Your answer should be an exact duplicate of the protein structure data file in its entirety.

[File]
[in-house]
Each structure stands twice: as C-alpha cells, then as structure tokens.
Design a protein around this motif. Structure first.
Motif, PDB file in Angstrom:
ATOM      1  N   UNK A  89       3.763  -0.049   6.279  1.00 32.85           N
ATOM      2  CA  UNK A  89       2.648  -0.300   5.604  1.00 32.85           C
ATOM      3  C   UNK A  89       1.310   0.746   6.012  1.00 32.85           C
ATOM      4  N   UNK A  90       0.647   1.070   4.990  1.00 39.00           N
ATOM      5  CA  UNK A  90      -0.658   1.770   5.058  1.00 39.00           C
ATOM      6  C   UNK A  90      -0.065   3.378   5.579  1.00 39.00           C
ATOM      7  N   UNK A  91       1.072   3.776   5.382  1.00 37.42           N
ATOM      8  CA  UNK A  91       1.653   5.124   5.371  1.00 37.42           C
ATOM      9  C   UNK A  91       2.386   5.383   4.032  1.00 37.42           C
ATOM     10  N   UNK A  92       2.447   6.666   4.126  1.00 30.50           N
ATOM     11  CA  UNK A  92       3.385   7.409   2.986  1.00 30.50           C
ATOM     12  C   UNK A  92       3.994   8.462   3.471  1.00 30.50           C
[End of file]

[in-house]
Each structure stands twice: as C-alpha cells, then as structure tokens.
Design a protein around this motif. Structure first.
Motif, PDB file in Angstrom:
ATOM      1  N   UNK A  89       3.763  -0.049   6.279  1.00 32.85           N
ATOM      2  CA  UNK A  89       2.648  -0.300   5.604  1.00 32.85           C
ATOM      3  C   UNK A  89       1.310   0.746   6.012  1.00 32.85           C
ATOM      4  N   UNK A  90       0.647   1.070   4.990  1.00 39.00           N
ATOM      5  CA  UNK A  90      -0.658   1.770   5.058  1.00 39.00           C
ATOM      6  C   UNK A  90      -0.065   3.378   5.579  1.00 39.00           C
ATOM      7  N   UNK A  91       1.072   3.776   5.382  1.00 37.42           N
ATOM      8  CA  UNK A  91       1.653   5.124   5.371  1.00 37.42           C
ATOM      9  C   UNK A  91       2.386   5.383   4.032  1.00 37.42           C
ATOM     10  N   UNK A  92       2.447   6.666   4.126  1.00 30.50           N
ATOM     11  CA  UNK A  92       3.385   7.409   2.986  1.00 30.50           C
ATOM     12  C   UNK A  92       3.994   8.462   3.471  1.00 30.50           C